Computational Neuroscience with Jeremy Freeman
“You want to take a scientist who knows a little bit of matlab programming and try to teach them mapreduce, and write a mapreduce program in java to do image processing? It’s a disaster!”
Apache Spark is replacing MATLAB in the domain of computational neuroscience. The constraints of running MATLAB on a single machine can’t support the demands of neuroscience, which has huge collections of images and time-series data sets.
Jeremy Freeman is a computational neuroscientist who is adopting Apache Spark to be able to analyze these giant data sets that do not fit on a single machine. But Apache Spark was not designed with neuroscience in mind. For this reason, Jeremy has helped to build several libraries on top of Spark. Thunder is a library for standard, distributed representation of data. Lightning is an API for reproducible web visualizations. These abstractions sit on top of Spark, and add a layer of usability. As it turns out, solving these problems for neuroscience have produced tools that are useful in a variety of other domains. In our discussion with Jeremy Freeman, we talk about Apache Spark, neuroscience, and the technological and cultural problems faced by traditional academic research.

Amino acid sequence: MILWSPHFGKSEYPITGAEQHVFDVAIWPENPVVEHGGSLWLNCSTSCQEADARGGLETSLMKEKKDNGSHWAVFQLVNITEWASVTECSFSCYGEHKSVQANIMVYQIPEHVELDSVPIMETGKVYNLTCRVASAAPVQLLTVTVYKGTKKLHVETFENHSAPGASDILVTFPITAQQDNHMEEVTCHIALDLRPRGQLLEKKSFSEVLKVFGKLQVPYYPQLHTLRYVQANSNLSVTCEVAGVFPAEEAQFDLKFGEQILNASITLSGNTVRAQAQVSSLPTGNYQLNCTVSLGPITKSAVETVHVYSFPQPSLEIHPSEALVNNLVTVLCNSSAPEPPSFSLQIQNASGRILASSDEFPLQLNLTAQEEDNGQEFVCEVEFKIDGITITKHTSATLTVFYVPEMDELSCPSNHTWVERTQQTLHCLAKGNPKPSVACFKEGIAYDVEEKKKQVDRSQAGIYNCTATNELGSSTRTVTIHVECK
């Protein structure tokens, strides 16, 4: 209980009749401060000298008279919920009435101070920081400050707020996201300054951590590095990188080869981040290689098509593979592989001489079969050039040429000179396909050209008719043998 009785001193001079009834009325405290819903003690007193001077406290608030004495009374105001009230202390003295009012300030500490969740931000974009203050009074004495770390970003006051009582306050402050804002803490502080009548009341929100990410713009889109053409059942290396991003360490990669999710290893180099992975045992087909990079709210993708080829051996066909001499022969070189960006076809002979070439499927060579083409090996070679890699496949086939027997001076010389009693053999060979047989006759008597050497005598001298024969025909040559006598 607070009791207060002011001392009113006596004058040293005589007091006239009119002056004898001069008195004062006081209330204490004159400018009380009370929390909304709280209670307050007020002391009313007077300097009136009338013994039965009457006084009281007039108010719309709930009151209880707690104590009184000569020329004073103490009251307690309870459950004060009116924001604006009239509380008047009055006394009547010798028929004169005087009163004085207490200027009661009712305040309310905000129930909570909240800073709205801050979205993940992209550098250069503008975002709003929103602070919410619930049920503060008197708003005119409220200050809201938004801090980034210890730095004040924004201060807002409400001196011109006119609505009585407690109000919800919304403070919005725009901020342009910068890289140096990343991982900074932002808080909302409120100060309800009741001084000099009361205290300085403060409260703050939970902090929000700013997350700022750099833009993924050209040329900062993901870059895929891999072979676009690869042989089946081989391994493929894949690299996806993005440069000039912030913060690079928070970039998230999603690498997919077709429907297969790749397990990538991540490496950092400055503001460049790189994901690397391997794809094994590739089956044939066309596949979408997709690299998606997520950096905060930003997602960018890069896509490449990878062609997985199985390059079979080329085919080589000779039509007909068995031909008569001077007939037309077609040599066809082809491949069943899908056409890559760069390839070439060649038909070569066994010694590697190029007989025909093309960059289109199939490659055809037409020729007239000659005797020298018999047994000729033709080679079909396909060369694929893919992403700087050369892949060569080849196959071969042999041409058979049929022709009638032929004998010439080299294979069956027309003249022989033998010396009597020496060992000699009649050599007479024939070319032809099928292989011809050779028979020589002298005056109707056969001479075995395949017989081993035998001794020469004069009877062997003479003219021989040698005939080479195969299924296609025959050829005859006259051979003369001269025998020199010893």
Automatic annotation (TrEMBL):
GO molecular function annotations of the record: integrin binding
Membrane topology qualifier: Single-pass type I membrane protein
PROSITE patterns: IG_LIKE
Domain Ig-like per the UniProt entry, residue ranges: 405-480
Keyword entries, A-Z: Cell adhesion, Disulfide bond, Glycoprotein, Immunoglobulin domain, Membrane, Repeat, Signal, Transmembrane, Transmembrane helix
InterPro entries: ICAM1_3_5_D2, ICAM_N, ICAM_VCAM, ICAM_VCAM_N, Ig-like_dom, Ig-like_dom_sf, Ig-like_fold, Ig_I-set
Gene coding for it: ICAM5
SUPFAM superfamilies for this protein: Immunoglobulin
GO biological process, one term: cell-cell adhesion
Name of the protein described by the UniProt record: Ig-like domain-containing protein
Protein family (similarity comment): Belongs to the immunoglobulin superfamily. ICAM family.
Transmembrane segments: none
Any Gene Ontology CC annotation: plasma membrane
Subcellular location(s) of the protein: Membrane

- What is exciting at the intersection of neuroscience and computation right now, in January 2016?
- What are the technical developments that have enabled recent advancements in neuroscience?
- What types of data do you deal with in neuroscience research, and how do you deal with the analysis?
- Why is Spark an appealing tool for computational neuroscience and dealing with images and time-series data?
- Can you walk through an experiment and give an example of how data is analyzed?
- Does research stagnate because people are stubborn and refuse to learn new technologies, or is it due to a lack of training?
- How is our changing understanding of the brain introducing us to new ideas about computation?
- What are your personal goals with your research?